A few months ago, I passed comment to J that you never see Devil’s Toenails anymore;
“What are they?” he asked
“Stones. They are shaped a bit like a toenail, which I suppose is why they’re called what they’re called…have you never seen one?” says I
“Nope” says he
“Odd” says I.
The recent trip to Leicester brought this conversation back to mind, particularly because I was doing a bit of weeding in mum’s garden and came across a Devil’s Toenail. I picked it up and brought it inside to keep to show J, and then I thought I’d do a bit of Googling to see if they were actually a thing. And it turns out they very much are.
Devil’s Toenails (or Gryphaea to give them their posh name) are fossils from extinct oysters, which made me feel a bit stupid, as in all my years I hadn’t realised (or maybe I’d just forgotten) that they were fossils, and are so called because of their shape. When I looked at the one I’d found more closely, I could see lines on it, which it turns out are growth bands. I think they are quite common across Britain, but Googling also shows they seem particularly so around the Midlands. I had a bit more of a dig around the gravel and found quite a few more, I showed them to the kids and explained what they were; they didn’t seem very impressed. Anyway I collected two of them (the ones I decided were prize specimens) and have now brought them home and they are being displayed in our treasures jar.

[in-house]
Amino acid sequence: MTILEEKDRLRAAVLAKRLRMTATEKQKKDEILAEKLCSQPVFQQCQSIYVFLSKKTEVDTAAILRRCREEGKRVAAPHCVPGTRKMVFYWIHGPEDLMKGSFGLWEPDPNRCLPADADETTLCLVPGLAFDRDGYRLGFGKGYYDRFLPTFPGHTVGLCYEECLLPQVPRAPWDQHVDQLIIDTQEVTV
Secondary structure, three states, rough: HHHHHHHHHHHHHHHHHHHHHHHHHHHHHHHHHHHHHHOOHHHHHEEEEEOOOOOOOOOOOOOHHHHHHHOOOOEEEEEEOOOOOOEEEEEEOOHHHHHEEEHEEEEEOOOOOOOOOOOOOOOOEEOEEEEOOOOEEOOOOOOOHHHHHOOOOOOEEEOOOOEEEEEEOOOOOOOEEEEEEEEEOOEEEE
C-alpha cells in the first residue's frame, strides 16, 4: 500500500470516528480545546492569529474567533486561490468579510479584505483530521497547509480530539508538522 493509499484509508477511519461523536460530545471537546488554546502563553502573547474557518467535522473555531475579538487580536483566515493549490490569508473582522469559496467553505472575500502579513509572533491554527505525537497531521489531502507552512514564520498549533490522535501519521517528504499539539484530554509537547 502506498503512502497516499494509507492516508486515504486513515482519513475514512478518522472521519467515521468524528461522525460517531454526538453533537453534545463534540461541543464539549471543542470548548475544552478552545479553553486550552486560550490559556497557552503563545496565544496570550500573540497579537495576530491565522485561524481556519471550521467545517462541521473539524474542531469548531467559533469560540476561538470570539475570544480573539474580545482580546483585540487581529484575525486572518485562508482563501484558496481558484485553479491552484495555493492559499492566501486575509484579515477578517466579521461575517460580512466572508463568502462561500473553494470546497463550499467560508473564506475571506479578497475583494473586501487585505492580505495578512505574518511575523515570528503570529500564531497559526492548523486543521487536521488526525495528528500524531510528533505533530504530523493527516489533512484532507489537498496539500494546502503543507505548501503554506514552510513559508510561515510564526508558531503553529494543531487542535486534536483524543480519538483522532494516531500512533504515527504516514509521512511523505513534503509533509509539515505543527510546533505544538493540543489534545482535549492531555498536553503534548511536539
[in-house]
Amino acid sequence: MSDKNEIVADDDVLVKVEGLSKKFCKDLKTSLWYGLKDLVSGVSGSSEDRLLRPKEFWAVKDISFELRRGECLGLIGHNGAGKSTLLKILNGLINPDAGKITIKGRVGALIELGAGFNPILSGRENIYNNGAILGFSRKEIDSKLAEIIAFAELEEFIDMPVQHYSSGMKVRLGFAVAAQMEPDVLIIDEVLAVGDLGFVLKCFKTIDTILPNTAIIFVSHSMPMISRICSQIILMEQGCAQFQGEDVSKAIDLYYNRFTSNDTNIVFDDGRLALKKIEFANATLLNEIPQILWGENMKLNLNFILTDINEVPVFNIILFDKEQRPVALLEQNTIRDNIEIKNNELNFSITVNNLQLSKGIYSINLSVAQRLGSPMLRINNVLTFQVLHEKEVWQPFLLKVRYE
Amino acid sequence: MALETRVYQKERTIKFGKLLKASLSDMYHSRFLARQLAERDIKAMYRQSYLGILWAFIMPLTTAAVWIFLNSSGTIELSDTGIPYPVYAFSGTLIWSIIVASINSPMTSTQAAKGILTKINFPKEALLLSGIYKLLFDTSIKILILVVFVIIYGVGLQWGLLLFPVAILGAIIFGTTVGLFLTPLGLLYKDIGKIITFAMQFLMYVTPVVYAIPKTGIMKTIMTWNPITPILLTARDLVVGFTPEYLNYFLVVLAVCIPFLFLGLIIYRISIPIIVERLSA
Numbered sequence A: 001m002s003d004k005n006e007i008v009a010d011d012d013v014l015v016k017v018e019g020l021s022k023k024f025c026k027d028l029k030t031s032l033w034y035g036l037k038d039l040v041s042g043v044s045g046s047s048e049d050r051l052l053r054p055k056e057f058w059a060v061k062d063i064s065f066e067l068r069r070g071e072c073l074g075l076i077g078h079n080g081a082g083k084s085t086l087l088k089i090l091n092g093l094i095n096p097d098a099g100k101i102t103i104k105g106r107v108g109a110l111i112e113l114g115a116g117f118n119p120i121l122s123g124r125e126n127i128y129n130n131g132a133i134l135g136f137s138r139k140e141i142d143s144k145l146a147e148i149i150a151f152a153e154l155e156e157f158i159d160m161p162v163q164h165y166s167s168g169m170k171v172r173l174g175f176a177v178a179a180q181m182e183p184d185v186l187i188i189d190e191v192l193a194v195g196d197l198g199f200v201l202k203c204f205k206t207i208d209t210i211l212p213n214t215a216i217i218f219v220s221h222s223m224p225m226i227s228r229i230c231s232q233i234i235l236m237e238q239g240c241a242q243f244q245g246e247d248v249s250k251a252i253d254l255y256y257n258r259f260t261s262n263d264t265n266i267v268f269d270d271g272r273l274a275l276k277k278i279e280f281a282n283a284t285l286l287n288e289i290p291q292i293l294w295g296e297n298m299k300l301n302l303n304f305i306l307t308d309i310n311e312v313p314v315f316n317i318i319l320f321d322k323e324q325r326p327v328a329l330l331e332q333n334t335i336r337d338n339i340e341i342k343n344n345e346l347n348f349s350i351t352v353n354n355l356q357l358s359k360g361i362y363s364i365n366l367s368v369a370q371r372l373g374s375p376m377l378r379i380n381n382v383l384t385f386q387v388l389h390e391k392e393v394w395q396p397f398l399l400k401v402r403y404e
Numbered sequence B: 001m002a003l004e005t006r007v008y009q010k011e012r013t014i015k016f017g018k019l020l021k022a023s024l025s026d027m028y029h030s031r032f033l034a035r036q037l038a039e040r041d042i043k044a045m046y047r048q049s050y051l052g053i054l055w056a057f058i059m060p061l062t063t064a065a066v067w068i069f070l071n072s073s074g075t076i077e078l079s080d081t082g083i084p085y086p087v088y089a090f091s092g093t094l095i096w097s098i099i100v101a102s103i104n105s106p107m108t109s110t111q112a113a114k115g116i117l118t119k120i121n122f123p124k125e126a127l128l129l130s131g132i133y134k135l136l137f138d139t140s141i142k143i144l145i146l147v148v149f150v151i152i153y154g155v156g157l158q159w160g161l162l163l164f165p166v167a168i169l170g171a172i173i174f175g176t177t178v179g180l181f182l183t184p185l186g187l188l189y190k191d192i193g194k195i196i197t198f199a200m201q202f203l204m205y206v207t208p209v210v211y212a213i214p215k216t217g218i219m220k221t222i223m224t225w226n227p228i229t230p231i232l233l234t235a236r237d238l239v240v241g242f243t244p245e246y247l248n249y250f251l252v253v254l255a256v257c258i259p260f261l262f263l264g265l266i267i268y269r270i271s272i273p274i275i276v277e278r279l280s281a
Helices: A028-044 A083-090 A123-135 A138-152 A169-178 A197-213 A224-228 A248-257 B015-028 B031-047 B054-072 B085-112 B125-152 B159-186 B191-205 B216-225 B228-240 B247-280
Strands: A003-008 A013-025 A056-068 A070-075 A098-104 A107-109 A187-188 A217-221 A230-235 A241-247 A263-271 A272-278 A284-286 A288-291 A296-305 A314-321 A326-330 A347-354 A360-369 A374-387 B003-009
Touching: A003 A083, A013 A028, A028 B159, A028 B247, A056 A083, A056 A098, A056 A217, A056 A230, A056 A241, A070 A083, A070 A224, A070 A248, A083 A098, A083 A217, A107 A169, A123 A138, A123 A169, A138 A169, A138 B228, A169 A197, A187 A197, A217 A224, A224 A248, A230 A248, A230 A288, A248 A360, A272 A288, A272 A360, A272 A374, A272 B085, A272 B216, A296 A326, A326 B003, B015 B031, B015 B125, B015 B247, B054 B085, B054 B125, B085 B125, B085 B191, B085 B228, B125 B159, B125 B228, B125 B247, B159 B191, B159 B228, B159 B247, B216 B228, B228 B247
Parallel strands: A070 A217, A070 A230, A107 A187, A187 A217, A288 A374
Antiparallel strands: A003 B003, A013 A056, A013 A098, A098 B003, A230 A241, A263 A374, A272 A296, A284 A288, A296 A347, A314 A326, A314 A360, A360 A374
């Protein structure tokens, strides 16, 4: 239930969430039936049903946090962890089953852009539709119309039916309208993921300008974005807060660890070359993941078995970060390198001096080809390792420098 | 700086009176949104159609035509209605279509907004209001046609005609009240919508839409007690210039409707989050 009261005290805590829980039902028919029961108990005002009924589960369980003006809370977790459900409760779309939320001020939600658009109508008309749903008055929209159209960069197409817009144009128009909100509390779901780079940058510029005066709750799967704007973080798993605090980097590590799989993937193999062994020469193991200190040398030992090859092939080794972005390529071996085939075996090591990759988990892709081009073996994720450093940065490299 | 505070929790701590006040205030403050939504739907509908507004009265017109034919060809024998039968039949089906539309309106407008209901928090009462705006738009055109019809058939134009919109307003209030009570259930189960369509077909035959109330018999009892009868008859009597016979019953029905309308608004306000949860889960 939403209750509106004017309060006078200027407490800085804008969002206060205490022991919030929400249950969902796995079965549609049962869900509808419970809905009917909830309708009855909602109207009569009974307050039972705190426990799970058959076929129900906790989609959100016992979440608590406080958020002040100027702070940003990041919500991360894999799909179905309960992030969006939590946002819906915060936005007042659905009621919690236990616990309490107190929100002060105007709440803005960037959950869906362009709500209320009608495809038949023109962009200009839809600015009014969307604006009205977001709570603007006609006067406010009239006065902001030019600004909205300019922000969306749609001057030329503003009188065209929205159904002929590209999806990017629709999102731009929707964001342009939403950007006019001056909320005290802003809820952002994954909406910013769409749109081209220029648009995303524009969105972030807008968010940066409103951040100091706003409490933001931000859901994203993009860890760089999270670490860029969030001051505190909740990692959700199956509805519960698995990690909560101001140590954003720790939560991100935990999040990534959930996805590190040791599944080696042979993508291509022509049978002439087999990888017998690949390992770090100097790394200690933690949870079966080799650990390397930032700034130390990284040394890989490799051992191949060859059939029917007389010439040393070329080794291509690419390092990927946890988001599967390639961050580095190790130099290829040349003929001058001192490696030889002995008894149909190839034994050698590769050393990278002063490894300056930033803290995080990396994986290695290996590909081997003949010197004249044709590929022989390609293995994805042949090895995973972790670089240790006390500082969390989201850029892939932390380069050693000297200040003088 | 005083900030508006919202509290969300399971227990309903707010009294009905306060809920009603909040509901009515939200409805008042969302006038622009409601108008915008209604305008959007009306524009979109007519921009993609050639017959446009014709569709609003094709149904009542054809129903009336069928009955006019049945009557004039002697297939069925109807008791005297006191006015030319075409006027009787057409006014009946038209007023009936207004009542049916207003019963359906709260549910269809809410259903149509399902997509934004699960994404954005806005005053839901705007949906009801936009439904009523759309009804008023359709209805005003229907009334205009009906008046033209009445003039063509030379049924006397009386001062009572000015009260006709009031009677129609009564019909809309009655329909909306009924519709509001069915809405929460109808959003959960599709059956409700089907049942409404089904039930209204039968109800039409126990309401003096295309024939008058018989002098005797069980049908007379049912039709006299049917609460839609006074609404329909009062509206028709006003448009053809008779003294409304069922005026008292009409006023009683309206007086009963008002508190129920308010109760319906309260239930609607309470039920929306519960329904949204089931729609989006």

This is a jar of nice stones, feathers, pieces of wasp nests, fossils, shells, sea glass, a dried up starfish (it was dead and dried when I found it) and other bits and pieces we have picked up over the years when out and about. In my head, one day I will sit with the kids and go through it all, talking about what the things are, how they feel, what they look like etc etc. However the only time I have tried this with the girl I found it all too stressful, as she either tried to eat it all, or smash things together, and so I hurriedly put everything back in the jar (just so) and tried to distract her from it for days after. An educational opportunity for another day perhaps.